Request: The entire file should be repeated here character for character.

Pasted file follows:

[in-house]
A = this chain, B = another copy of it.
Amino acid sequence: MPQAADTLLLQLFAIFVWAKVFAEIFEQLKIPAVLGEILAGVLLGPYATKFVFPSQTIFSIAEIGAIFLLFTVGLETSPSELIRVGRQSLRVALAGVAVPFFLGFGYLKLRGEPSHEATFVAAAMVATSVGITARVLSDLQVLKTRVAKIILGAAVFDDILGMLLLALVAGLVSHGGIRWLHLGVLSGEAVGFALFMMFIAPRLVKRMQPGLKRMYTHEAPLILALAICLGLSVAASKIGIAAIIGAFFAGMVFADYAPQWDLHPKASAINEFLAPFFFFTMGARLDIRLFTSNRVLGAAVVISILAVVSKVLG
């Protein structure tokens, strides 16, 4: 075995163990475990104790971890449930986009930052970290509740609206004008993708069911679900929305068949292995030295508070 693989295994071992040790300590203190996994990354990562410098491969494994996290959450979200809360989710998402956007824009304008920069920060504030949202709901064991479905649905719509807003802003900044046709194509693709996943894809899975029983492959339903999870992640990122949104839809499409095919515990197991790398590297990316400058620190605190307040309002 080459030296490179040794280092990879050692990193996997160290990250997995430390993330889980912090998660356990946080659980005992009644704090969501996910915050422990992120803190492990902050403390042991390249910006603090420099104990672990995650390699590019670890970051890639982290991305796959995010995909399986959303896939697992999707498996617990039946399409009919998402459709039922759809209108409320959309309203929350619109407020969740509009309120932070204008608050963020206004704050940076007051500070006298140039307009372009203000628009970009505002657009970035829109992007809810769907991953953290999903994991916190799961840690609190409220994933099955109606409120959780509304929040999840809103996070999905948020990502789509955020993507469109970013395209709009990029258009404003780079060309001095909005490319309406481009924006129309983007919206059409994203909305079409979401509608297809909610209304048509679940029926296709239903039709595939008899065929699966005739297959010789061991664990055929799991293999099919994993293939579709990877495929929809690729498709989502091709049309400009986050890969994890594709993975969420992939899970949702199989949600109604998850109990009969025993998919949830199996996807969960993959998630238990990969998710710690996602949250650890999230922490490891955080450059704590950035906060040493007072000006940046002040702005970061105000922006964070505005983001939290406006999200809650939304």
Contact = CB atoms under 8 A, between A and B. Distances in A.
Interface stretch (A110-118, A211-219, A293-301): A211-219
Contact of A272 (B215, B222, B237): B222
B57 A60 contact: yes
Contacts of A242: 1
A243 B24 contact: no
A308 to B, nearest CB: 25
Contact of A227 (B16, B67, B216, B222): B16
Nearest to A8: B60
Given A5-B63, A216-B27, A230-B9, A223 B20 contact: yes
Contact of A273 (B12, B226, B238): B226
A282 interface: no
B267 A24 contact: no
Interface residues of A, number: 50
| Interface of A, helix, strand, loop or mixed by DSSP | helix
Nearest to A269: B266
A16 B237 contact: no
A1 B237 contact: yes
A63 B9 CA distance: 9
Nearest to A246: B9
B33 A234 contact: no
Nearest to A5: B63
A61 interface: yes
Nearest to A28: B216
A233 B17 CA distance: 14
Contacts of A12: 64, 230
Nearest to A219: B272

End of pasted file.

[in-house]
A = this chain, B = another copy of it.
Amino acid sequence: MPQAADTLLLQLFAIFVWAKVFAEIFEQLKIPAVLGEILAGVLLGPYATKFVFPSQTIFSIAEIGAIFLLFTVGLETSPSELIRVGRQSLRVALAGVAVPFFLGFGYLKLRGEPSHEATFVAAAMVATSVGITARVLSDLQVLKTRVAKIILGAAVFDDILGMLLLALVAGLVSHGGIRWLHLGVLSGEAVGFALFMMFIAPRLVKRMQPGLKRMYTHEAPLILALAICLGLSVAASKIGIAAIIGAFFAGMVFADYAPQWDLHPKASAINEFLAPFFFFTMGARLDIRLFTSNRVLGAAVVISILAVVSKVLG
């Protein structure tokens, strides 16, 4: 075995163990475990104790971890449930986009930052970290509740609206004008993708069911679900929305068949292995030295508070 693989295994071992040790300590203190996994990354990562410098491969494994996290959450979200809360989710998402956007824009304008920069920060504030949202709901064991479905649905719509807003802003900044046709194509693709996943894809899975029983492959339903999870992640990122949104839809499409095919515990197991790398590297990316400058620190605190307040309002 080459030296490179040794280092990879050692990193996997160290990250997995430390993330889980912090998660356990946080659980005992009644704090969501996910915050422990992120803190492990902050403390042991390249910006603090420099104990672990995650390699590019670890970051890639982290991305796959995010995909399986959303896939697992999707498996617990039946399409009919998402459709039922759809209108409320959309309203929350619109407020969740509009309120932070204008608050963020206004704050940076007051500070006298140039307009372009203000628009970009505002657009970035829109992007809810769907991953953290999903994991916190799961840690609190409220994933099955109606409120959780509304929040999840809103996070999905948020990502789509955020993507469109970013395209709009990029258009404003780079060309001095909005490319309406481009924006129309983007919206059409994203909305079409979401509608297809909610209304048509679940029926296709239903039709595939008899065929699966005739297959010789061991664990055929799991293999099919994993293939579709990877495929929809690729498709989502091709049309400009986050890969994890594709993975969420992939899970949702199989949600109604998850109990009969025993998919949830199996996807969960993959998630238990990969998710710690996602949250650890999230922490490891955080450059704590950035906060040493007072000006940046002040702005970061105000922006964070505005983001939290406006999200809650939304």
Contact = CB atoms under 8 A, between A and B. Distances in A.
Interface stretch (A110-118, A211-219, A293-301): A211-219
Contact of A272 (B215, B222, B237): B222
B57 A60 contact: yes
Contacts of A242: 1
A243 B24 contact: no
A308 to B, nearest CB: 25
Contact of A227 (B16, B67, B216, B222): B16
Nearest to A8: B60
Given A5-B63, A216-B27, A230-B9, A223 B20 contact: yes
Contact of A273 (B12, B226, B238): B226
A282 interface: no
B267 A24 contact: no
Interface residues of A, number: 50
| Interface of A, helix, strand, loop or mixed by DSSP | helix
Nearest to A269: B266
A16 B237 contact: no
A1 B237 contact: yes
A63 B9 CA distance: 9
Nearest to A246: B9
B33 A234 contact: no
Nearest to A5: B63
A61 interface: yes
Nearest to A28: B216
A233 B17 CA distance: 14
Contacts of A12: 64, 230
Nearest to A219: B272